Discover Nikkei

https://www.discovernikkei.org/en/journal/2024/5/7/una-vision-un-camino/

A vision, a path

Opening roads

What was a dream is today a reality. The footprints well left on the paths of life are not erased by time or by people's forgetfulness. For this reason, let us leave the memories of those who deserve it, in the eternity of words. Of the countless, one of them was my father.

Masao Nakachi

Masao Nakachi was an Issei with a great vision for the land that welcomed him. His relentless pursuit of knowledge in books, in everyday life, in life's opportunities and choices allowed him to open and forge new paths for the community and for those who followed him. Many like him, in silent groups, paved the way for a better harmonious future.

He realized that you must not only dream, but you must teach, that you must leave permanent marks when making paths, when building to change the world and make it better.

Throughout his life he believed that giving was not only providing a hand, but also understanding human beings in all the magnitude of their needs.

He always said that "...time puts everything in its place, opportunities come when we are prepared... true happiness is in the journey we follow until we achieve our goal, in the illusions, in the hopes." So he always encouraged us to study and learn, to always be prepared.

The beginnings of the Cultural Center

Even when everything was against him, when he believed in something, he was the first to try to make it work. All the time I thought about what to do to be better. When faced with problems he tried to find solutions. Given the needs, especially of the colony, he looked for ways to remedy them.

The land where the Peruvian Japanese Cultural Center was built was given by the Peruvian Government to the Japanese colony as compensation for the damage caused by the looting and mistreatment suffered as a result of the Second World War during the 1940s.

Prince Akihito and Princess Michiko at the Inauguration of the CCPJ

The Peruvian Japanese Cultural Center was inaugurated in 1967 with the presence of Crown Prince Akihito and Princess Michiko of Japan.

My father thought it was a historic moment and spared no effort to take me and my brothers to see the Prince and Princess Imperial parade.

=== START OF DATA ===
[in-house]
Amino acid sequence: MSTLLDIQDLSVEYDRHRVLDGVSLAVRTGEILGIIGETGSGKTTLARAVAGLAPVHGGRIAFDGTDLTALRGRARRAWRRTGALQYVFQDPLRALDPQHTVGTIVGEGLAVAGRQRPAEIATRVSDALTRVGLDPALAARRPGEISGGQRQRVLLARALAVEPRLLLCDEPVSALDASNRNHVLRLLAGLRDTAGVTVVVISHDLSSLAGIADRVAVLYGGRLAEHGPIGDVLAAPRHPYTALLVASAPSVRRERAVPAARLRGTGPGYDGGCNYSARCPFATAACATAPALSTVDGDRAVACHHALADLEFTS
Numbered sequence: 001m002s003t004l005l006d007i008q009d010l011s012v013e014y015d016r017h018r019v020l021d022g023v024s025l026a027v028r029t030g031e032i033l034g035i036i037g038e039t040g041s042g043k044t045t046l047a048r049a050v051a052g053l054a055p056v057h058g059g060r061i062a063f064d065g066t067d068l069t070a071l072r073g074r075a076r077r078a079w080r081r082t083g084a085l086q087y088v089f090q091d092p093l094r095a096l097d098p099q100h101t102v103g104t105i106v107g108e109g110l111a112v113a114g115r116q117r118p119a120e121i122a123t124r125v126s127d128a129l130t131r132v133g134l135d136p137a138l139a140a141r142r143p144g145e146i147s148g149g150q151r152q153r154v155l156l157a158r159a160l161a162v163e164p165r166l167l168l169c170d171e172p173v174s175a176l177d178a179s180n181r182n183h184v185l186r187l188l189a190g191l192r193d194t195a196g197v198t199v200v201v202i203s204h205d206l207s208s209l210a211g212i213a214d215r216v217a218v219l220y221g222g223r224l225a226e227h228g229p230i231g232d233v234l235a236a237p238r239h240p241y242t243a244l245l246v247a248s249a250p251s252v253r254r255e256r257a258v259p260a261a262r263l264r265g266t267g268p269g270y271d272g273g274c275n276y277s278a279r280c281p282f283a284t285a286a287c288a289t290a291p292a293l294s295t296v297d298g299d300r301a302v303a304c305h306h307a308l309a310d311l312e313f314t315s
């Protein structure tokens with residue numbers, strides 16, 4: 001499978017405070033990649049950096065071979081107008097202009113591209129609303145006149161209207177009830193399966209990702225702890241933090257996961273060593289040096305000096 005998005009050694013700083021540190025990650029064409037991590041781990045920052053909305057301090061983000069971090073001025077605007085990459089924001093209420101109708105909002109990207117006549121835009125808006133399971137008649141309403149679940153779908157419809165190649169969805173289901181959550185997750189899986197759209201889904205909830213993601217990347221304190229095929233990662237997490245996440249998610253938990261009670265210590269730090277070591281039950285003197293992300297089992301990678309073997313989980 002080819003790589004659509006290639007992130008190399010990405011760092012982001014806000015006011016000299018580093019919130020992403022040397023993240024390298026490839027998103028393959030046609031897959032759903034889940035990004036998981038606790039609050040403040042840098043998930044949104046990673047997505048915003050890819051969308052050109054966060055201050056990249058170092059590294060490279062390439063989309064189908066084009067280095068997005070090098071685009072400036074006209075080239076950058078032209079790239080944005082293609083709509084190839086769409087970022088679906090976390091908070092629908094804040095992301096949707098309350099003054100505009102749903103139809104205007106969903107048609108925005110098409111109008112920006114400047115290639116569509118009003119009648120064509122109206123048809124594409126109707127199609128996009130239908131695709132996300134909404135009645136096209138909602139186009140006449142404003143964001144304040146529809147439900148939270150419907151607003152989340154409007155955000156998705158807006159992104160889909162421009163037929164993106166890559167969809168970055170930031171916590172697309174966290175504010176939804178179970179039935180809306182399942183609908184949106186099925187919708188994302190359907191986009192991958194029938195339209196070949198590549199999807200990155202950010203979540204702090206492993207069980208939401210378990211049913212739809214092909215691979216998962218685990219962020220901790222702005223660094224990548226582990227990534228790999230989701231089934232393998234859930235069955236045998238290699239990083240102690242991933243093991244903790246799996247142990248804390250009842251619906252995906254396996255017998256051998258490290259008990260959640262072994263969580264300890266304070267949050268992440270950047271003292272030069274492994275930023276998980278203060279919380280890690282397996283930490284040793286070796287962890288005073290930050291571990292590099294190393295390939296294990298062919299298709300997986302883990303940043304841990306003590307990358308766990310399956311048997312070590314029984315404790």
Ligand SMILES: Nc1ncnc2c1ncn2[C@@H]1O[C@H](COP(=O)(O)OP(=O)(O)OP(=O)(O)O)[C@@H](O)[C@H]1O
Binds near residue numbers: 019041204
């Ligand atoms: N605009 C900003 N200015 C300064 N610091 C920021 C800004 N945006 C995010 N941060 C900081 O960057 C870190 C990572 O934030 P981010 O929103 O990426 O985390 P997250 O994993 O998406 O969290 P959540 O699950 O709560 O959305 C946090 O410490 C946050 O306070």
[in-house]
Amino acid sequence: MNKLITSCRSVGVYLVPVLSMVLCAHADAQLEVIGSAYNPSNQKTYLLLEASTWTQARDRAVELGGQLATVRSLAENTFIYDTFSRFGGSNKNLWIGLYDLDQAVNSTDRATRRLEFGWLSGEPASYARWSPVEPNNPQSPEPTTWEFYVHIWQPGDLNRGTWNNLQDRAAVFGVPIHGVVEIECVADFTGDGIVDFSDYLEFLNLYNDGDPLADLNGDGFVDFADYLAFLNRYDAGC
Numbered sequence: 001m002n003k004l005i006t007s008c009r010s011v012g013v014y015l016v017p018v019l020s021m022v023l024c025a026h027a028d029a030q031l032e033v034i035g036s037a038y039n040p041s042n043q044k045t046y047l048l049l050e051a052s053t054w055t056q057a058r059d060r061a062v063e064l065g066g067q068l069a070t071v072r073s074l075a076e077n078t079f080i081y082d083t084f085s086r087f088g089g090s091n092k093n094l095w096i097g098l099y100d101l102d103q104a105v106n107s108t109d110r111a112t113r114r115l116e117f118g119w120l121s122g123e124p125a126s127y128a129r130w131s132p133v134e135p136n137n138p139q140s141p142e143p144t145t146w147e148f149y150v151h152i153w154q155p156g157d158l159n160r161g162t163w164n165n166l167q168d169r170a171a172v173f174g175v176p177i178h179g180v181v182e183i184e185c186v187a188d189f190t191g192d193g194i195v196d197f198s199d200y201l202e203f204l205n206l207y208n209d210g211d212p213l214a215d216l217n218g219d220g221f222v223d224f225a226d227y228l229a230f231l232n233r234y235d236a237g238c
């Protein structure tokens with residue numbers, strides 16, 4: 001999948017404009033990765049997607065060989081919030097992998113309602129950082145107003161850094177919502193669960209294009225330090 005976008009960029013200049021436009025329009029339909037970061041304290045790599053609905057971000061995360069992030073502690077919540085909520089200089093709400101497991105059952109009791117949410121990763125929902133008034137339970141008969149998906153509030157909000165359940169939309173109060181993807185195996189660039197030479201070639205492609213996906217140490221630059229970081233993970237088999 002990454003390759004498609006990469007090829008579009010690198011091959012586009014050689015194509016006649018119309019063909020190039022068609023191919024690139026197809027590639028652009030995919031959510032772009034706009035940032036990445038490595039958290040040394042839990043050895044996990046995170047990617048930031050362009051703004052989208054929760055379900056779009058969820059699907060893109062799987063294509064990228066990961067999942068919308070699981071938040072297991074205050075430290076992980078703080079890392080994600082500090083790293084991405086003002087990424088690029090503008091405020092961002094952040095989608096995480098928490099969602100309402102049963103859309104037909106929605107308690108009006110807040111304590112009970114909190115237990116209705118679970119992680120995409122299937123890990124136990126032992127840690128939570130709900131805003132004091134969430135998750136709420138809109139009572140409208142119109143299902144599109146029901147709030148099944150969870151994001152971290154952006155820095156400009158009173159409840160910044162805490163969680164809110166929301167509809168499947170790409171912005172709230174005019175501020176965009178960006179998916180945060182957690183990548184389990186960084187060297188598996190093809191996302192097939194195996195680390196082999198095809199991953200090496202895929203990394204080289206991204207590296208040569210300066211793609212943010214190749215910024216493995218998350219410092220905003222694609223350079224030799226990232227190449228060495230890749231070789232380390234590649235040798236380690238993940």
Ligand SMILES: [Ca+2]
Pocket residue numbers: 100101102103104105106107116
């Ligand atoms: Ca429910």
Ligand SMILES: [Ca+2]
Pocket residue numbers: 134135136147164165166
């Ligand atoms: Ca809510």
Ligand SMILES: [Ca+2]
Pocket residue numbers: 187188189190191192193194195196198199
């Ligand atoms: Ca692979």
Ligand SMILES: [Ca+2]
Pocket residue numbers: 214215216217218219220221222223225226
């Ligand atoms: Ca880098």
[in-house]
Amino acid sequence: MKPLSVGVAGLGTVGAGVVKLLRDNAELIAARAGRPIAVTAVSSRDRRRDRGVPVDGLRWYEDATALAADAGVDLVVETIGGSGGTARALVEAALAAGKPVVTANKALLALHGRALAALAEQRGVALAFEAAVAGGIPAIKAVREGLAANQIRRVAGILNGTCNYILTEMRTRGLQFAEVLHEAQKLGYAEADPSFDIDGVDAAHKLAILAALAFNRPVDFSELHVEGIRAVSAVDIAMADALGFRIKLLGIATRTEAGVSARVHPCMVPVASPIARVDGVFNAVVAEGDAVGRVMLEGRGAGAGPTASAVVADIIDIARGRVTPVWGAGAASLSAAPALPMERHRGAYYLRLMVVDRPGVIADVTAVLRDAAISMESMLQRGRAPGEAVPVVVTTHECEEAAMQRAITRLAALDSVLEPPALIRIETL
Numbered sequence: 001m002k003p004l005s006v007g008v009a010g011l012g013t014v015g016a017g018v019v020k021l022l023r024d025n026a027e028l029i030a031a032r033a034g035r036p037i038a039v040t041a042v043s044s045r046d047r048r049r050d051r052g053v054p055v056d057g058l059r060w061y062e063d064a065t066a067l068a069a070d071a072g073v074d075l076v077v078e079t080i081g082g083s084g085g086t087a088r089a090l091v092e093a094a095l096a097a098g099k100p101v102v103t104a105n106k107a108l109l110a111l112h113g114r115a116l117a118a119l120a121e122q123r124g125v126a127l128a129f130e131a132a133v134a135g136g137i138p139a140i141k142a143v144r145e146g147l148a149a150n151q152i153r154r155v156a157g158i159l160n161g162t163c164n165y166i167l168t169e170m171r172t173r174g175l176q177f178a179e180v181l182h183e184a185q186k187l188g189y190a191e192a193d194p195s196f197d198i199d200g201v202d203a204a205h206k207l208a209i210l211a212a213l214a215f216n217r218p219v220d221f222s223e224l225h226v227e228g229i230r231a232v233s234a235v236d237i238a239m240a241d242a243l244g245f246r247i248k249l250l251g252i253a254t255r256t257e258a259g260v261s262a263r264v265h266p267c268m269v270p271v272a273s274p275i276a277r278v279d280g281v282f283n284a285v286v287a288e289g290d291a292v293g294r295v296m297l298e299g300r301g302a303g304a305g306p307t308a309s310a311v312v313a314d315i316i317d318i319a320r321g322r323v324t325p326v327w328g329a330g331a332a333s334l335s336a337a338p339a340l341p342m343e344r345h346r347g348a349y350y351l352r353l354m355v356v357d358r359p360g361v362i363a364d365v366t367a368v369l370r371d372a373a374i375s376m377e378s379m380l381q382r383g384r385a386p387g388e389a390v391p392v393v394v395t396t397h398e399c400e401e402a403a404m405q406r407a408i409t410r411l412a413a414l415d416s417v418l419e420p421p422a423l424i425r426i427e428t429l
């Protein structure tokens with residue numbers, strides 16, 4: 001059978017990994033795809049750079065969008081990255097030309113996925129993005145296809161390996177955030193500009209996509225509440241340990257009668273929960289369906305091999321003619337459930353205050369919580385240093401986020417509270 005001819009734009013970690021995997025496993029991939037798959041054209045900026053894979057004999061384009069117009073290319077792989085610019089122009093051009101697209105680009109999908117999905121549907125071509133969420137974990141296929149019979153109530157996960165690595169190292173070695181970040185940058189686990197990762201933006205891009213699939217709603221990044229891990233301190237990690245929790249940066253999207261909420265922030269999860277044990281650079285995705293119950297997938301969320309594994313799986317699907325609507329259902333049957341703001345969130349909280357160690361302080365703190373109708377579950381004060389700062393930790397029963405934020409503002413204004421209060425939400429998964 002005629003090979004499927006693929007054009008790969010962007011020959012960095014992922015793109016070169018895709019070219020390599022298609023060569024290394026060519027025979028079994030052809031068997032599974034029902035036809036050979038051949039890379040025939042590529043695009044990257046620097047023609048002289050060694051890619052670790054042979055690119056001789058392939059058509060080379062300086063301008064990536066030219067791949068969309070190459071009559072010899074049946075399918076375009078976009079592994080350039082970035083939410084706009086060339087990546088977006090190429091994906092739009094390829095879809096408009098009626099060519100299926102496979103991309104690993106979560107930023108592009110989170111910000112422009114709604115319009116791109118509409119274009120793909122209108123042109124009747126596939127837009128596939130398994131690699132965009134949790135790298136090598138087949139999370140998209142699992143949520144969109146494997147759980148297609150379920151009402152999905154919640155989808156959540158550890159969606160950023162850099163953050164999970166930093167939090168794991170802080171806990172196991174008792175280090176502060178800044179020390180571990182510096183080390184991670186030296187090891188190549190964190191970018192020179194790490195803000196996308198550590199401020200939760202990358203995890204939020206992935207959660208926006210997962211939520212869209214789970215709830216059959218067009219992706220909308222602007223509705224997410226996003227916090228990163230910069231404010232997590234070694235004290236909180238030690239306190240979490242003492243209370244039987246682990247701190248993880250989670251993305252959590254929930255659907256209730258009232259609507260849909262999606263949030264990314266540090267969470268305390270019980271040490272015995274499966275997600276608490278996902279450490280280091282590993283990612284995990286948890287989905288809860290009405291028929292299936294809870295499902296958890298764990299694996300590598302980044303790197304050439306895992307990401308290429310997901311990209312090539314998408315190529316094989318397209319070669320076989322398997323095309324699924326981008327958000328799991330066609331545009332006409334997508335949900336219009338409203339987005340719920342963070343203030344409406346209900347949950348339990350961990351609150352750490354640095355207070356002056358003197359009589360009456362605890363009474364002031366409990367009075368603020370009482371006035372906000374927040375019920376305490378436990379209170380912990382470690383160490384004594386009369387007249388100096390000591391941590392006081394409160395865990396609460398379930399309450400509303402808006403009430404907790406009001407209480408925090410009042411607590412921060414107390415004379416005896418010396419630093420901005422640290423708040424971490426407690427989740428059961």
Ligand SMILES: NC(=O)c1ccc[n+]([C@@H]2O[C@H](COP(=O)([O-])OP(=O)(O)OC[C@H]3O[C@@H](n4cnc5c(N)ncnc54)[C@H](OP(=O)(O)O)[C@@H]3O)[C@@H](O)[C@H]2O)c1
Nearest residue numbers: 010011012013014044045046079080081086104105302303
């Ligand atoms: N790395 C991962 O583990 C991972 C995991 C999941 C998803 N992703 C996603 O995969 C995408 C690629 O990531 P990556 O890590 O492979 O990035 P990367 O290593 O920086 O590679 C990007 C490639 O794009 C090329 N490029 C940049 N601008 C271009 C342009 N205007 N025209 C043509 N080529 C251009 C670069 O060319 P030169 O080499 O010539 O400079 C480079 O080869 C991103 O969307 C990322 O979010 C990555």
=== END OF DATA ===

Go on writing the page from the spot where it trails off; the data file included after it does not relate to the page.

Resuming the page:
Amid the controlled hubbub of the schoolchildren and the most important figures of the colony, the princes laid the first stone and planted the commemorative pine tree in the center's gardens.

My father made me be present in one of the most beautiful moments of my childhood, looking in amazement at the delicate beauty and elegance of Princess Michiko.

Director of Social Assistance

For several years he was the Director of Social Assistance of the CCPJ, a very difficult position at the beginning of the center.

When the Peruvian Japanese Cultural Center first began operating, it was difficult to sustain it financially; Many times I saw my father take out of his own pocket to pay the workers. He did it because he believed that having a cultural center was something very good for the colony.

As director of Social Assistance, he took care of the sick and the most disadvantaged in the colony. He had in his care an entire family with major psychiatric problems who could not take care of themselves, managing to place them in a hospital that could take care of them.

I remember that he once took me to the Nursing Home that housed most of the elderly people without families in the colony. It was hard to see them like this. He always brought them medicine, clothing and food.

Another day we went to visit the sick of the colony who were hospitalized in the 2 de Mayo Hospital (state), under the care of a nun of charity in a pavilion that cared for Japanese people from all over Peru. My ojiichan had died there many years before.

What impressed me the most was the handling he did with a Japanese man who came to ask my father for help. The man was dressed in rags and, although my father told him to sit down, he did not do so.